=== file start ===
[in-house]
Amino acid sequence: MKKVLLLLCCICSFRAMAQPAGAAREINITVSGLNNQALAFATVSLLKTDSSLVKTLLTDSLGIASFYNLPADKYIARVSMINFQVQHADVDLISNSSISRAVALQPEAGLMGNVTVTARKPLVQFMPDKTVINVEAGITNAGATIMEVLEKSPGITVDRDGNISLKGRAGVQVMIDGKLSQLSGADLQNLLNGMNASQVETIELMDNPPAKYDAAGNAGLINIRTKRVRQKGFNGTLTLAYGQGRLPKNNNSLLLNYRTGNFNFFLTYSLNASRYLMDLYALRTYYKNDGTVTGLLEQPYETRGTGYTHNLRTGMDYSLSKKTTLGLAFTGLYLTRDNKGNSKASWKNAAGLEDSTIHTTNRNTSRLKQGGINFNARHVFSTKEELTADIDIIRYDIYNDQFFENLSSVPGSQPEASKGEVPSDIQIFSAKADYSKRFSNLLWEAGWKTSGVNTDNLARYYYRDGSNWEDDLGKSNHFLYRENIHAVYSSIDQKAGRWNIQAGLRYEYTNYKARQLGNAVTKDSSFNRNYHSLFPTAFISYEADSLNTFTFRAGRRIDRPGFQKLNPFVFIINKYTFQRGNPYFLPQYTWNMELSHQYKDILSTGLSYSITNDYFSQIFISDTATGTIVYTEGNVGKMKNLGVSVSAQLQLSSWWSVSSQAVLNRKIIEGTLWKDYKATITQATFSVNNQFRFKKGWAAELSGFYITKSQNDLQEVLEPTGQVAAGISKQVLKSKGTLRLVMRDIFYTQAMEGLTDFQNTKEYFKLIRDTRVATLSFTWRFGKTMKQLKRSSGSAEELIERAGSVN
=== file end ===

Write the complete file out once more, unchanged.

[in-house]
Amino acid sequence: MKKVLLLLCCICSFRAMAQPAGAAREINITVSGLNNQALAFATVSLLKTDSSLVKTLLTDSLGIASFYNLPADKYIARVSMINFQVQHADVDLISNSSISRAVALQPEAGLMGNVTVTARKPLVQFMPDKTVINVEAGITNAGATIMEVLEKSPGITVDRDGNISLKGRAGVQVMIDGKLSQLSGADLQNLLNGMNASQVETIELMDNPPAKYDAAGNAGLINIRTKRVRQKGFNGTLTLAYGQGRLPKNNNSLLLNYRTGNFNFFLTYSLNASRYLMDLYALRTYYKNDGTVTGLLEQPYETRGTGYTHNLRTGMDYSLSKKTTLGLAFTGLYLTRDNKGNSKASWKNAAGLEDSTIHTTNRNTSRLKQGGINFNARHVFSTKEELTADIDIIRYDIYNDQFFENLSSVPGSQPEASKGEVPSDIQIFSAKADYSKRFSNLLWEAGWKTSGVNTDNLARYYYRDGSNWEDDLGKSNHFLYRENIHAVYSSIDQKAGRWNIQAGLRYEYTNYKARQLGNAVTKDSSFNRNYHSLFPTAFISYEADSLNTFTFRAGRRIDRPGFQKLNPFVFIINKYTFQRGNPYFLPQYTWNMELSHQYKDILSTGLSYSITNDYFSQIFISDTATGTIVYTEGNVGKMKNLGVSVSAQLQLSSWWSVSSQAVLNRKIIEGTLWKDYKATITQATFSVNNQFRFKKGWAAELSGFYITKSQNDLQEVLEPTGQVAAGISKQVLKSKGTLRLVMRDIFYTQAMEGLTDFQNTKEYFKLIRDTRVATLSFTWRFGKTMKQLKRSSGSAEELIERAGSVN